Italy’s Viareggio Carnival is often described as the most irreverent of all Italian Carnival celebrations. This is due to the fact that its main peculiarity is the parade of giant allegorical floats - papier-mâché works of art that can be up to 20 meters high - mocking politicians and celebrities.
The Viareggio Carnival is possibly the most famous in Italy after the Venice Carnival, a major month-long event attracting a national and international crowd with street parties day and night, parades of floats, masquerade balls and festivities of all kinds.
Let’s look at its history and how the floats are made.
Where is Viareggio?
Viareggio is a seaside town on the north-western coast of Tuscany, in the area known as Versilia. It is part of the province of Lucca and is approximately an hour and 20 minute drive from Florence. The town has an important shipbuilding industry and is a popular summer resort.
When and how did the Viareggio Carnival originate and develop?
The first parade of festively decorated carriages took place in 1873 on Viareggio’s historic Via Regia, in the heart of the old city. The idea of a parade to celebrate Carnival came from a group of young men from Viareggio’s wealthy families who used to congregate at the local Casino café. It was February and a parade was planned for Shrove Tuesday. The Viareggio Carnival as we know it today developed from that first parade.
At the end of the 20th century, the first triumphal floats began to appear. They were made of wood, scagliola and jute, modeled by local sculptors and put together by carpenters and blacksmiths who worked in the shipyards.
Later, at the beginning of the 20th century, the parade was transferred to the Promenade by the sea, providing a spectacular backdrop to an increasingly spectacular show.
In 1925, the painter and builder from Viareggio Antonio D'Arliano perfected the papier-mâché technique, which made it possible to create ever larger floats increasingly daring in terms of scenography and handling because the material is extremely light.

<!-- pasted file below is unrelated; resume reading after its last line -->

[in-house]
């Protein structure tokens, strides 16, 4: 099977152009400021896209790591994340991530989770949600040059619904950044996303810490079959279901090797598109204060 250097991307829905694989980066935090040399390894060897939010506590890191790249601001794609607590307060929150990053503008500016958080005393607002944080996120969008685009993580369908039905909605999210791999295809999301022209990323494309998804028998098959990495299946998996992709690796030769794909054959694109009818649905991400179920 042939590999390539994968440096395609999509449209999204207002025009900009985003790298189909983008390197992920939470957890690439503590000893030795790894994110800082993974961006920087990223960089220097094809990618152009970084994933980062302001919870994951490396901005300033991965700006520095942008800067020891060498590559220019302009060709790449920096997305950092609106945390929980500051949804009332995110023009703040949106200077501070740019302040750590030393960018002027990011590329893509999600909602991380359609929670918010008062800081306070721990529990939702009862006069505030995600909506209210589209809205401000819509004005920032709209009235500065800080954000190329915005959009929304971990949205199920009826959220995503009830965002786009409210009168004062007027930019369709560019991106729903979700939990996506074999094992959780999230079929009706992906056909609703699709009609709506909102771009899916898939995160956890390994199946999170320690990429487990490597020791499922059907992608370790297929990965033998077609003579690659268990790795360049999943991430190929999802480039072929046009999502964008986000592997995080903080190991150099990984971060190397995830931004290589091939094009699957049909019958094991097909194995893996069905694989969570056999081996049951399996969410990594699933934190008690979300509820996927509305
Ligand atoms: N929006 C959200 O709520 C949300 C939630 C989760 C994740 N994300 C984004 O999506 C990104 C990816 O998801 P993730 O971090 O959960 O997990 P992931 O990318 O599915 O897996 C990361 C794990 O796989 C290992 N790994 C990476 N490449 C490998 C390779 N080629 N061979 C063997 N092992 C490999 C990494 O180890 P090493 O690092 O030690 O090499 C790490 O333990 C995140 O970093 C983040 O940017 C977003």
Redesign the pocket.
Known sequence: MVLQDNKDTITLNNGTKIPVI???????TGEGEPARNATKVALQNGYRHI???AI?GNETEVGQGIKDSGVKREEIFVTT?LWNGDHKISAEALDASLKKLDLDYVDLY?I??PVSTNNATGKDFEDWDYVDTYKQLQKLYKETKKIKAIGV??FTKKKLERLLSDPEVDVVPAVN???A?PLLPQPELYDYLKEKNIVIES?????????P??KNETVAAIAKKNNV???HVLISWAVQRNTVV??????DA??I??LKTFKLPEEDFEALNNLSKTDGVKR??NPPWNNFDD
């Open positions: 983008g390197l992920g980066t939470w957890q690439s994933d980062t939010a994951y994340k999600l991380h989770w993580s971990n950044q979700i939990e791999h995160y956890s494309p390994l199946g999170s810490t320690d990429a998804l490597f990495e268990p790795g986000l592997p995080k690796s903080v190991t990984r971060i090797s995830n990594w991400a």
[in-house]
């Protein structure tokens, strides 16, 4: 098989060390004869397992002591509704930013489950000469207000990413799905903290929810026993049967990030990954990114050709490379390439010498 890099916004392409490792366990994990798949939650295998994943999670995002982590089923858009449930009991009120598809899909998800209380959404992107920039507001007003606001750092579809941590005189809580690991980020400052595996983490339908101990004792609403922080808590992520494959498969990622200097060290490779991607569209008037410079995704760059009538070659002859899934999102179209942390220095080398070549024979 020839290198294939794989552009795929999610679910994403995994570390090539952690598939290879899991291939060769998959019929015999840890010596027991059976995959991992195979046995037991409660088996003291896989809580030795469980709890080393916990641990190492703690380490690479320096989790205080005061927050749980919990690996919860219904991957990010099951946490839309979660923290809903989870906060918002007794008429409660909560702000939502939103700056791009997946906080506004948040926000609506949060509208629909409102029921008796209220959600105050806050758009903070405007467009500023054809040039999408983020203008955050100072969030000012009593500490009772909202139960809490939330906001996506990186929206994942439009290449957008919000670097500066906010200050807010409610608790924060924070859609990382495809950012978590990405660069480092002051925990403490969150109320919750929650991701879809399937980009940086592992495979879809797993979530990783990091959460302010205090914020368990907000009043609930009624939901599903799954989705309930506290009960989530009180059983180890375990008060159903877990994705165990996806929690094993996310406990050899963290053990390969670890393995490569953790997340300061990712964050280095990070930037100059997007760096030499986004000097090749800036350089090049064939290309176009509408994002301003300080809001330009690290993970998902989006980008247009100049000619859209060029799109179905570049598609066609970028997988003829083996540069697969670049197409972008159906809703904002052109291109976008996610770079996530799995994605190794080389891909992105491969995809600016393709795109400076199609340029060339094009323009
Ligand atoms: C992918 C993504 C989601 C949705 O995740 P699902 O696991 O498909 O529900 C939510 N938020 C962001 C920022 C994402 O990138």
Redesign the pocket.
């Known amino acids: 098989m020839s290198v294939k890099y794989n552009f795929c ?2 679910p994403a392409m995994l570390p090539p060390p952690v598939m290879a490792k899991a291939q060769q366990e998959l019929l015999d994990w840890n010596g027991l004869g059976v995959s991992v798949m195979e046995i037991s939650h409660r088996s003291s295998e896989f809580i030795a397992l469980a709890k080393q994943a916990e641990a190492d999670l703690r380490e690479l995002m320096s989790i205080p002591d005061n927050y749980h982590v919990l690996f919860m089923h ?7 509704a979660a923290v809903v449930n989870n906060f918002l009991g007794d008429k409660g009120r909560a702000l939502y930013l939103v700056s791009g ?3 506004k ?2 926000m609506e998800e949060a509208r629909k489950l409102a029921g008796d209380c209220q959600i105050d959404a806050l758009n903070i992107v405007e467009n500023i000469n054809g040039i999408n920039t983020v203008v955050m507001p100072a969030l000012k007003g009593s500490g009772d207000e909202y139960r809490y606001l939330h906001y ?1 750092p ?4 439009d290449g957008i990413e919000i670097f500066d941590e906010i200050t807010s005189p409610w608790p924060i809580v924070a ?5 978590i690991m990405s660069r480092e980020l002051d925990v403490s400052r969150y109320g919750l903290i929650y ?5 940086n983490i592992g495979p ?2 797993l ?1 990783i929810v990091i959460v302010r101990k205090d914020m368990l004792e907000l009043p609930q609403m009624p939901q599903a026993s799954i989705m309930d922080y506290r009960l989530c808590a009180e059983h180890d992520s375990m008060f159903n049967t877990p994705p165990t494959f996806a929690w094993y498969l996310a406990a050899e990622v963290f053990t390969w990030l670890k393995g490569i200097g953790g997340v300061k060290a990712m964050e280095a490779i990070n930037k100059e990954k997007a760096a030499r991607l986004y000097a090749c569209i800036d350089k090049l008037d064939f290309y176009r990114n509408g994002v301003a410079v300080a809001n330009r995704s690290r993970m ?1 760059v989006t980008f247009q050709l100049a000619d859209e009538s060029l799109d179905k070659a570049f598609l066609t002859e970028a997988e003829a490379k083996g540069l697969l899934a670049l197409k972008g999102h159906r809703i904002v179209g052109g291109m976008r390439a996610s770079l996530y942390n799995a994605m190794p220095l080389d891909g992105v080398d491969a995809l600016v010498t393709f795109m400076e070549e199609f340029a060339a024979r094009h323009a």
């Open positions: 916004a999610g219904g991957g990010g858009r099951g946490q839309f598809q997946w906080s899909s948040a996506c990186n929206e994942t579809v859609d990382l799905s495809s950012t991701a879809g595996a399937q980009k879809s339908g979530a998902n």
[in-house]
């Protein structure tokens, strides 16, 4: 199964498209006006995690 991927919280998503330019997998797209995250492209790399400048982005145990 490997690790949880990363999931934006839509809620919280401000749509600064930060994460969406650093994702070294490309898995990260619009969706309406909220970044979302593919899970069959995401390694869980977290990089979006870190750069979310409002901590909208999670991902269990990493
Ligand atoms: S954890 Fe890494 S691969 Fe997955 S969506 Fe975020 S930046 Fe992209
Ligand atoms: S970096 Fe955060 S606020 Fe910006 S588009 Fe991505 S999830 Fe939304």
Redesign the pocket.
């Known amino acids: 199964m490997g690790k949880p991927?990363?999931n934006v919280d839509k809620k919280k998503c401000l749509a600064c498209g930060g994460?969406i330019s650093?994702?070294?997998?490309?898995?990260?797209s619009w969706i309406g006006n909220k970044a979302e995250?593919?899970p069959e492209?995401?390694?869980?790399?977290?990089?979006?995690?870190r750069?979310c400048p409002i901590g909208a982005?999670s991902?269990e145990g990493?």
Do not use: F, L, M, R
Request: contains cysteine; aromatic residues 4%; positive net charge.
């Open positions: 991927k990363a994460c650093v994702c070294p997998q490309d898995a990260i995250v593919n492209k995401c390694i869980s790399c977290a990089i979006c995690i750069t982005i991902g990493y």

In 1931, the Carnival’s official painter Uberto Bonetti the festival’s most famous mask, Burlamacco, a clown whose clothes are a mosaic of those from the classic characters of the Italian Commedia dell’Arte, an early form of theater.
The Carnival of Viareggio has become so successful that in 2001, a ‘Carnival Citadel’ was inaugurated: 16 hangar-workshops overlooking a gigantic elliptical square (used for outdoor performances in summer), where float artisans turn their creative ideas into gigantic floats. The Citadel also features a Carnival Museum and a papier-mâché school.
The allegorical floats: real works of art
The allegorical floats, which are the largest in the world, parade along the seaside promenade of Viareggio, entertaining viewers with their spectacular movements and engaging choreographies. Through satire, many of the floats address contemporary issues, from national and international politics to the environment to social matters.
Figures included Commedia dell’Arte characters such as Arlecchino and Pierrot, knights, haunted castles, singers and actors, popes and politicians, with former Italy’s prime minister Silvio Berlusconi a favorite subject in past editions.
The raw material of the Viareggio Carnival floats is papier-mâché. To make the floats, tons of newspaper sheets are used, mixed with the simplest and most natural glue: water and flour. Thanks to papier-mâché, Viareggio builders can create some sort of ‘traveling theaters’ that are more than 20 meters high and 12 meters wide, with incredible choreographic effects.
The artists behind Viareggio’s festive papier-mâché machines are local men who often pass down their skills and secrets of a craft like no other in the world to their sons. There are 25 local firms devoted to the creation of carnival floats, employing a large number of people.
Every year, at the end of the show, a jury selects the winners.
Carnival in Italy
Carnival is traditionally celebrated in Catholic countries. In Italy, between the end of January and the beginning of March, cities across the country are invaded by masks, costumes, confetti, colorful parades, and a playful attitude.
The origins of Carnival date back to the Roman Saturnalia, which were celebrated in honor of the new year. However, the etymology of the word "carnival" is likely derived from the Latin "carnem levare," meaning "eliminate meat": the expression indicated the banquet held on the last day before the period of fasting and abstinence from meat of the Christian Lent began. Indeed, in the Catholic liturgical calendar, Carnival is placed between the Epiphany (January 6) and Lent.
Carnival celebrations reach their peak on Giovedì Grasso (Shrove Thursday) and Martedì Grasso (Shrove Tuesday), the last Thursday and Tuesday before Lent. Fat Tuesday marks the end of Carnival, as Lent begins with Ash Wednesday.
Viareggio Carnival in 2022
Viareggio’s amazing floats are scheduled to parade on the following dates:
Sunday 20 February
Thursday 24 February
Sunday 27 February
Tuesday 1 March
Saturday 5 March
Saturday 12 March